Wednesday, January 26, 2011

Lebanon news - NOW Lebanon

Lebanon news - NOW Lebanon

Tuesday, January 25, 2011

Western Analysis from the Washington Post

Part IX: Confined to Quarters

This is a brief update since some of you might think, erroneously, of course, that I know anything at all about what is going on in Lebanese politics these days.  The more I hear, the less I know!  The situation is so complex and when I think I understand, I get completely conflicting information from someone else.  

But because I have heard it twice, from completely different sources, I will tell you:  I have been advised not to leave campus.  Up here, on the Balamand mountain, we are safe but apparently, down in Tripoli, things are not very happy.  Hezbollah has  proposed the new prime minister who is not everyone's favorite (big surprise) and so now people are trying to stay quietly out of the way and out of trouble, well at least some of us are!

It's actually good news, I think, that there is no one person telling the same story. When that happens it will be all good or all bad and I don't expect things to get "all bad."

Tuesday, "A Day of Rage"
Some nut case in this political upheaval declared today "A Day of Rage," which is just what we need right now--more cause to riot, burn, and shoot!  Now I am having my own personal day of rage that someone   in power, with a loud voice could be so very irresponsible.  And, not surprisingly, people have responded appropriately--full of rage.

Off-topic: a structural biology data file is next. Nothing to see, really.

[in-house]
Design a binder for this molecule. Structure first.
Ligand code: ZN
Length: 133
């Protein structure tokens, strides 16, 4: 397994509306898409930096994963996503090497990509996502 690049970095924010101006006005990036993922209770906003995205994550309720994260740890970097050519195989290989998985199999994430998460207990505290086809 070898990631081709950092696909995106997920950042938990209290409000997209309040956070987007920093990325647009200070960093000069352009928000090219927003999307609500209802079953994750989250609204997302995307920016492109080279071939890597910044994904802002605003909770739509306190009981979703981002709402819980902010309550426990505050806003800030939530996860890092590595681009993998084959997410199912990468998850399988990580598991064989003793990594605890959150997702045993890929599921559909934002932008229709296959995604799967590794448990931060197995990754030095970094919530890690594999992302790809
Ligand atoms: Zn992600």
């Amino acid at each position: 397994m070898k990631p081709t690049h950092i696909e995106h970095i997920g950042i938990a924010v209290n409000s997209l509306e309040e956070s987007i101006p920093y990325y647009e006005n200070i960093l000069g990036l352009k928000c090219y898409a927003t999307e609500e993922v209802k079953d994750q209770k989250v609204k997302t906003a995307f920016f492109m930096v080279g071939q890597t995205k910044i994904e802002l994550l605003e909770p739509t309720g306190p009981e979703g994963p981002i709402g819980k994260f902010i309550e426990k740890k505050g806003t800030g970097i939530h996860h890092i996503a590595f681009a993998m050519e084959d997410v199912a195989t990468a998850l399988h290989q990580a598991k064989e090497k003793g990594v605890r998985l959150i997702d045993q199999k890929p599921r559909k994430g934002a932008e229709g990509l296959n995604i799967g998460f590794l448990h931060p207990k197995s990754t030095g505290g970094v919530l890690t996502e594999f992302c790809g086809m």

Our ranks on campus were very thin today, both in the faculty offices and in the classrooms.  In my last class, 4 in attendance, a student received a call which, under the circumstances, I allowed him to leave the room to take.  It turns out that there are no buses or taxis going down into Tripoli, the area of greatest unrest at the moment, and he lives off-campus.  When I asked him if he had a friend in the dorms he said, "I will manage.  I'm Lebanese.  We always manage."  We were told by administration this morning not to mark anyone absent, keep things light and easy.  That was easy to do--there was hardly anyone in class. 

Those of you who laugh at my connectedness will not be surprised to know that I keep Twitter hashtag #Lebanon  on my screen so I know fairly well what is going on moment by moment, even if I don't understand the politics.  Given the fact that the campus is so very quiet, the news and tweets are the only indication, well, not the only indication of trouble.  There are little groups of teachers talking quietly with each other too.  One Twitter account I'm following is  the NOW Lebanon blog, here: NOW Lebanon Bloggers
They post pictures, video, and text.

Do not worry for me.  I am quite safe.  We have a Fulbright family here and they have not been told anything by the embassy.  Furthermore, they have promised not to leave me, whatever they do. 

Love and Hugs,

Saturday, January 15, 2011

Part VIII: Better the Devil you know....

Dear Family and Friends:

 The Classroom